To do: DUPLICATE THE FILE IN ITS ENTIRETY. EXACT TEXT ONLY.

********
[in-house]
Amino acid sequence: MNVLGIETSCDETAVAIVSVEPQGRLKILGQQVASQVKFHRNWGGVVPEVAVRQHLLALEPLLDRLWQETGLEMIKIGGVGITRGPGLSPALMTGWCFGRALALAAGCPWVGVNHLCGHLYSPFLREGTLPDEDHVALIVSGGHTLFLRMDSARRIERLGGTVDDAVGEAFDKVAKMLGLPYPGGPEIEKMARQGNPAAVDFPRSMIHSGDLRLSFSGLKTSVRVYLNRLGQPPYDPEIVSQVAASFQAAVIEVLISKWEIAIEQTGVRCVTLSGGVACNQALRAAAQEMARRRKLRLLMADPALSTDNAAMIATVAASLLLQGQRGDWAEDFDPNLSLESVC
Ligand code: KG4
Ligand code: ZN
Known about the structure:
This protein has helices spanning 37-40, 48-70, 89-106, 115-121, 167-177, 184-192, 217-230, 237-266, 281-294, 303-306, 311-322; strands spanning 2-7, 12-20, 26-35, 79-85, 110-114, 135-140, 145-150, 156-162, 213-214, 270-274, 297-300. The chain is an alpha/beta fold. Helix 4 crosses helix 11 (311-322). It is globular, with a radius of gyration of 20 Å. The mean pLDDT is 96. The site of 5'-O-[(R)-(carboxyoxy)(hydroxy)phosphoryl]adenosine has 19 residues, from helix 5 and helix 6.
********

[in-house]
Amino acid sequence: MNVLGIETSCDETAVAIVSVEPQGRLKILGQQVASQVKFHRNWGGVVPEVAVRQHLLALEPLLDRLWQETGLEMIKIGGVGITRGPGLSPALMTGWCFGRALALAAGCPWVGVNHLCGHLYSPFLREGTLPDEDHVALIVSGGHTLFLRMDSARRIERLGGTVDDAVGEAFDKVAKMLGLPYPGGPEIEKMARQGNPAAVDFPRSMIHSGDLRLSFSGLKTSVRVYLNRLGQPPYDPEIVSQVAASFQAAVIEVLISKWEIAIEQTGVRCVTLSGGVACNQALRAAAQEMARRRKLRLLMADPALSTDNAAMIATVAASLLLQGQRGDWAEDFDPNLSLESVC
Ligand code: KG4
Ligand code: ZN
Known about the structure:
This protein has helices spanning 37-40, 48-70, 89-106, 115-121, 167-177, 184-192, 217-230, 237-266, 281-294, 303-306, 311-322; strands spanning 2-7, 12-20, 26-35, 79-85, 110-114, 135-140, 145-150, 156-162, 213-214, 270-274, 297-300. The chain is an alpha/beta fold. Helix 4 crosses helix 11 (311-322). It is globular, with a radius of gyration of 20 Å. The mean pLDDT is 96. The site of 5'-O-[(R)-(carboxyoxy)(hydroxy)phosphoryl]adenosine has 19 residues, from helix 5 and helix 6.